[The following is an exact transcript of this podcast.]
“We’re on the verge of finding out how frequently habitable planets occur in the universe.” That was astronomer Alan Boss at the AAAS meeting on February 14th. “And I think we’re going to find out that that number is very close to one.” Meaning that each solar-type star is probably orbited by, on average, one Earth-type planet. So how many habitable planets might be out there?
“10 to the 11th in our galaxy and then there are something like 10 to the 11th galaxies. We’re up to about 10 to the 22 Earths, plus or minus a few.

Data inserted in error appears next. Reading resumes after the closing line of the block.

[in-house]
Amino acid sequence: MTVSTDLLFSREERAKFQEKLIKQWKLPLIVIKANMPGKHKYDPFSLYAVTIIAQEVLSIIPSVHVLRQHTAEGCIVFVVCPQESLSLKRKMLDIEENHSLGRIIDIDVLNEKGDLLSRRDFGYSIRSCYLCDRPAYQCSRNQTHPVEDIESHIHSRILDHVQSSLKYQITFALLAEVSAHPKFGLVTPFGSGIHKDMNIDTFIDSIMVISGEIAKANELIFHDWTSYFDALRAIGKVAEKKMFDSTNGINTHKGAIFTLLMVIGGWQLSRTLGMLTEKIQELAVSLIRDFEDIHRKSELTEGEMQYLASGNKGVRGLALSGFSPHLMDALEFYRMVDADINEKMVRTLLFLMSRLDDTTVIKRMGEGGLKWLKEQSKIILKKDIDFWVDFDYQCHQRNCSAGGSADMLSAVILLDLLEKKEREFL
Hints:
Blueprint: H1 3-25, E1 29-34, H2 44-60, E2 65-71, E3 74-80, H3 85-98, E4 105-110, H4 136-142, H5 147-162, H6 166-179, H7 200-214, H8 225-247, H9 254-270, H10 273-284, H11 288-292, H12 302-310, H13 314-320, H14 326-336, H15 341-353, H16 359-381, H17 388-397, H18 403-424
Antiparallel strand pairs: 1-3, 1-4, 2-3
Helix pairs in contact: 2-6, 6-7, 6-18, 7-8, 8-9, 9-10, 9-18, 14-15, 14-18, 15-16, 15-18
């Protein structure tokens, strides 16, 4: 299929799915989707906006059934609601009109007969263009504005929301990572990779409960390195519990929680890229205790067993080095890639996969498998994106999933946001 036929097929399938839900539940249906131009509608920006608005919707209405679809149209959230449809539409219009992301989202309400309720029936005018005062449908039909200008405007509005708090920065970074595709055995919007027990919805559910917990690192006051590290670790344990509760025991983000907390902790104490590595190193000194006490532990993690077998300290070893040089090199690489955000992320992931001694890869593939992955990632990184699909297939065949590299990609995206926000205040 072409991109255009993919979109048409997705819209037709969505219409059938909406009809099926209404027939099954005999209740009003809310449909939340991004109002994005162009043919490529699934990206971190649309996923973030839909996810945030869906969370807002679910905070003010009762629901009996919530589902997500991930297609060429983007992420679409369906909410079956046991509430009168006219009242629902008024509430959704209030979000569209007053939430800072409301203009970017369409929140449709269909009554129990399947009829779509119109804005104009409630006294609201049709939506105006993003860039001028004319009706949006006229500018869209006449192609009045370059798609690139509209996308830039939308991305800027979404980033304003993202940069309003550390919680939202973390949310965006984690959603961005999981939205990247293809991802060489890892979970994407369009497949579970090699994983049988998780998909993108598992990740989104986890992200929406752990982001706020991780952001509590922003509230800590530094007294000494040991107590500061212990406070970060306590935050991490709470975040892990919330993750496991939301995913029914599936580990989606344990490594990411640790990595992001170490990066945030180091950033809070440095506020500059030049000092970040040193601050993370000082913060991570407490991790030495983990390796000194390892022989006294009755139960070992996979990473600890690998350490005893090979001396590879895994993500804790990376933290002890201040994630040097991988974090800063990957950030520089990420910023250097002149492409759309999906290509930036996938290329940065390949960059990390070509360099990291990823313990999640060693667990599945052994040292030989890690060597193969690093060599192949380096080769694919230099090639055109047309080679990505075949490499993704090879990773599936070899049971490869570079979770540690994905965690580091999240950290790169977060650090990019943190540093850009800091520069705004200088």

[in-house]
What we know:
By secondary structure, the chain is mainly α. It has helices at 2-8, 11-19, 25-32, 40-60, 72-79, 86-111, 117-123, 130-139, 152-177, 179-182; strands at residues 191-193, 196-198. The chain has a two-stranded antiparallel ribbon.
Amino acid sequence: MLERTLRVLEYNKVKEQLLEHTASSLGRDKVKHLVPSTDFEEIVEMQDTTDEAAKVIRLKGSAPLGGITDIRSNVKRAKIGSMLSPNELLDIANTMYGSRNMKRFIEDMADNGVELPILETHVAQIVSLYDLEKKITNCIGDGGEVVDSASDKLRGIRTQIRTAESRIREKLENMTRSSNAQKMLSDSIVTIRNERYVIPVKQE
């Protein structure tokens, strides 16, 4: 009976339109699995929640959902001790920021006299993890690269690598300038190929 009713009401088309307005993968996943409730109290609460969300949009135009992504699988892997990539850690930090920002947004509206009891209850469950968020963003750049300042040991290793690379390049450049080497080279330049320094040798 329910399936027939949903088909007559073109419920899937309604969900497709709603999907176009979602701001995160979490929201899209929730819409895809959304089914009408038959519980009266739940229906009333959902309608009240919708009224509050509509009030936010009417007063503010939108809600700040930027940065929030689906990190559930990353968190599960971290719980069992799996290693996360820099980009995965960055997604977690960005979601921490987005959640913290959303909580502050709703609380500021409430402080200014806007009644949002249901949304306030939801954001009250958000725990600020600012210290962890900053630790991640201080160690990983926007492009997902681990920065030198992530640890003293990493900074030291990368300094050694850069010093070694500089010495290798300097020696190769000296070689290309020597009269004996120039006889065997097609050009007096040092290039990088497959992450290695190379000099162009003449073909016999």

“You don’t have to just believe that this speculation is going to be correct or not. NASA will be launching the Kepler space mission, and Kepler’s entire purpose is to count how many Earths there are around a population of stars in the constellation Cygnus.” Kepler launches on March 5th.
“Then about three or four years from now, there’ll be a press conference at NASA headquarters, and Bill Borucki, the Kepler PI will stand up and tell us just how frequently Earths occur. And once we know that we’ll know how to take the next steps in the search for living planets, and some of that work will involve not only telling if the planets are habitable, but actually searching for signatures in their atmospheres if they could be inhabited, as well.”